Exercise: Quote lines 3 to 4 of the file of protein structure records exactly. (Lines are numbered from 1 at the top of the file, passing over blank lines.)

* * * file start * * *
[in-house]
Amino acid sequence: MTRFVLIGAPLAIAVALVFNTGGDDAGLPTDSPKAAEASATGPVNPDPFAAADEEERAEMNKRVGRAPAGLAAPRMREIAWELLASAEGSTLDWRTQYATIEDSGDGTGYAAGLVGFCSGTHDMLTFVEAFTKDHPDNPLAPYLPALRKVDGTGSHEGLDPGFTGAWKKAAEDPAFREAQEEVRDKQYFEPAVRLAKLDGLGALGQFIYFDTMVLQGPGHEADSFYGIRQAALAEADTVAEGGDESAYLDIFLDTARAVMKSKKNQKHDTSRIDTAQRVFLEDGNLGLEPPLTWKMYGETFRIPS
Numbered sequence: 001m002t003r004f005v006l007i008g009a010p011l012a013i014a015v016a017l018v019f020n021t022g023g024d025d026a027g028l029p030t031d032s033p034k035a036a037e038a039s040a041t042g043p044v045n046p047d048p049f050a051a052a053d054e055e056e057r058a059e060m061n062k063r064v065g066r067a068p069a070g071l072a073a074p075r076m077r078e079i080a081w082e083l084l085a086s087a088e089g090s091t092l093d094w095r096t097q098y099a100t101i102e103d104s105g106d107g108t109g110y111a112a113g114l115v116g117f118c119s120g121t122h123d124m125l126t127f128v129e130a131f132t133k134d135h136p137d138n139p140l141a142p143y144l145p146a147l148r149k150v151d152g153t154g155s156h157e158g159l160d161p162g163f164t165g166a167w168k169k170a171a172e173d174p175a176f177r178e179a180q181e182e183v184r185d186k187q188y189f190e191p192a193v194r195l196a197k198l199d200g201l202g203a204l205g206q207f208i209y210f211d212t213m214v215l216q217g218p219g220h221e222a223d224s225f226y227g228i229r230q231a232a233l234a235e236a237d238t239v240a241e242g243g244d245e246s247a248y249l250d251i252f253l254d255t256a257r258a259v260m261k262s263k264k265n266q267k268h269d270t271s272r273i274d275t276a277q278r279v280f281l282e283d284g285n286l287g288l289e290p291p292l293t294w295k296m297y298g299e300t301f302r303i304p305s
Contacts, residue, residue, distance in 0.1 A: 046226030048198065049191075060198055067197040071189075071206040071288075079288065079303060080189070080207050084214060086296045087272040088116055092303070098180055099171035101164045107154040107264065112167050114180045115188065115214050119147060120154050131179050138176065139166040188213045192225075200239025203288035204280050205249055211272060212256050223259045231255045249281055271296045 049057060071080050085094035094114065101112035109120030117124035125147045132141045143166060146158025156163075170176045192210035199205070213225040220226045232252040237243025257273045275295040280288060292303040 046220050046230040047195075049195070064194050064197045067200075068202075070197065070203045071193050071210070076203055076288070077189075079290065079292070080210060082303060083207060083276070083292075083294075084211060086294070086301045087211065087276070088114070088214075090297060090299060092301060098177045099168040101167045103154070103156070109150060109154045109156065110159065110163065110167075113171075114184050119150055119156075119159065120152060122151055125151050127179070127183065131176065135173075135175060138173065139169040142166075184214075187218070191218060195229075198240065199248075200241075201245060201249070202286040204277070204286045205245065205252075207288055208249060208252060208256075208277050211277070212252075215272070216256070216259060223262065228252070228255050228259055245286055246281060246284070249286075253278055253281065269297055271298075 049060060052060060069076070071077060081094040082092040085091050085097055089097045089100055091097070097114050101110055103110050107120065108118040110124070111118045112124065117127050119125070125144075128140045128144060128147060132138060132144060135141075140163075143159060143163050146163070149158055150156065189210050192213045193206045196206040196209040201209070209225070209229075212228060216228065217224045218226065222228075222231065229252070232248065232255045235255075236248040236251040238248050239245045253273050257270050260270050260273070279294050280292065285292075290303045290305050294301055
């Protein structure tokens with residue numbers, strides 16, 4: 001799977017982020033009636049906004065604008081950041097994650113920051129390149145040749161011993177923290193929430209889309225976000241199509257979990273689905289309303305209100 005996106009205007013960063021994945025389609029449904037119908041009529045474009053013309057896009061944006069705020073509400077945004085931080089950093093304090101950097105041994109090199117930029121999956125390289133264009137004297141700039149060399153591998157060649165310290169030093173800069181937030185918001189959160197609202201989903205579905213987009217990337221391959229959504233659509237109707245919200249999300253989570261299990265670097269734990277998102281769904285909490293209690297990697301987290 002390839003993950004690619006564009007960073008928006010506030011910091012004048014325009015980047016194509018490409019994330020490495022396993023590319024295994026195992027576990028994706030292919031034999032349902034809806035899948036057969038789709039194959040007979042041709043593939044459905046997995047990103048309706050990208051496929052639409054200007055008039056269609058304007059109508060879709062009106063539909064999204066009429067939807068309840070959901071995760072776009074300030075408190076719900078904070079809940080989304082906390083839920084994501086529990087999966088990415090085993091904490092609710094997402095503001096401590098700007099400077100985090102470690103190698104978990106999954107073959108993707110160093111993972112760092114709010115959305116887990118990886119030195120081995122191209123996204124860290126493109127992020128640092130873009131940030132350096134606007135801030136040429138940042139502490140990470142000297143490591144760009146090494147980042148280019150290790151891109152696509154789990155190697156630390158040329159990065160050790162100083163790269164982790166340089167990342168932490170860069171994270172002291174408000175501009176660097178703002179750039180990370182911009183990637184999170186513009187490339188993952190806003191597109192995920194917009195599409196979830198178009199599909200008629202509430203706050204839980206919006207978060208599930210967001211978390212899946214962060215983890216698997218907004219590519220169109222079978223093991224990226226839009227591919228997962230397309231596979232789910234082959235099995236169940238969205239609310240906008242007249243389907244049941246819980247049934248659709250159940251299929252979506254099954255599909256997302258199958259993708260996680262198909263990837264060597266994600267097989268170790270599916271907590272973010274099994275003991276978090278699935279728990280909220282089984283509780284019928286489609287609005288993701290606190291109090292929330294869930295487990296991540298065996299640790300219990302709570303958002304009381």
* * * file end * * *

Numbered sequence: 001m002t003r004f005v006l007i008g009a010p011l012a013i014a015v016a017l018v019f020n021t022g023g024d025d026a027g028l029p030t031d032s033p034k035a036a037e038a039s040a041t042g043p044v045n046p047d048p049f050a051a052a053d054e055e056e057r058a059e060m061n062k063r064v065g066r067a068p069a070g071l072a073a074p075r076m077r078e079i080a081w082e083l084l085a086s087a088e089g090s091t092l093d094w095r096t097q098y099a100t101i102e103d104s105g106d107g108t109g110y111a112a113g114l115v116g117f118c119s120g121t122h123d124m125l126t127f128v129e130a131f132t133k134d135h136p137d138n139p140l141a142p143y144l145p146a147l148r149k150v151d152g153t154g155s156h157e158g159l160d161p162g163f164t165g166a167w168k169k170a171a172e173d174p175a176f177r178e179a180q181e182e183v184r185d186k187q188y189f190e191p192a193v194r195l196a197k198l199d200g201l202g203a204l205g206q207f208i209y210f211d212t213m214v215l216q217g218p219g220h221e222a223d224s225f226y227g228i229r230q231a232a233l234a235e236a237d238t239v240a241e242g243g244d245e246s247a248y249l250d251i252f253l254d255t256a257r258a259v260m261k262s263k264k265n266q267k268h269d270t271s272r273i274d275t276a277q278r279v280f281l282e283d284g285n286l287g288l289e290p291p292l293t294w295k296m297y298g299e300t301f302r303i304p305s
Contacts, residue, residue, distance in 0.1 A: 046226030048198065049191075060198055067197040071189075071206040071288075079288065079303060080189070080207050084214060086296045087272040088116055092303070098180055099171035101164045107154040107264065112167050114180045115188065115214050119147060120154050131179050138176065139166040188213045192225075200239025203288035204280050205249055211272060212256050223259045231255045249281055271296045 049057060071080050085094035094114065101112035109120030117124035125147045132141045143166060146158025156163075170176045192210035199205070213225040220226045232252040237243025257273045275295040280288060292303040 046220050046230040047195075049195070064194050064197045067200075068202075070197065070203045071193050071210070076203055076288070077189075079290065079292070080210060082303060083207060083276070083292075083294075084211060086294070086301045087211065087276070088114070088214075090297060090299060092301060098177045099168040101167045103154070103156070109150060109154045109156065110159065110163065110167075113171075114184050119150055119156075119159065120152060122151055125151050127179070127183065131176065135173075135175060138173065139169040142166075184214075187218070191218060195229075198240065199248075200241075201245060201249070202286040204277070204286045205245065205252075207288055208249060208252060208256075208277050211277070212252075215272070216256070216259060223262065228252070228255050228259055245286055246281060246284070249286075253278055253281065269297055271298075 049060060052060060069076070071077060081094040082092040085091050085097055089097045089100055091097070097114050101110055103110050107120065108118040110124070111118045112124065117127050119125070125144075128140045128144060128147060132138060132144060135141075140163075143159060143163050146163070149158055150156065189210050192213045193206045196206040196209040201209070209225070209229075212228060216228065217224045218226065222228075222231065229252070232248065232255045235255075236248040236251040238248050239245045253273050257270050260270050260273070279294050280292065285292075290303045290305050294301055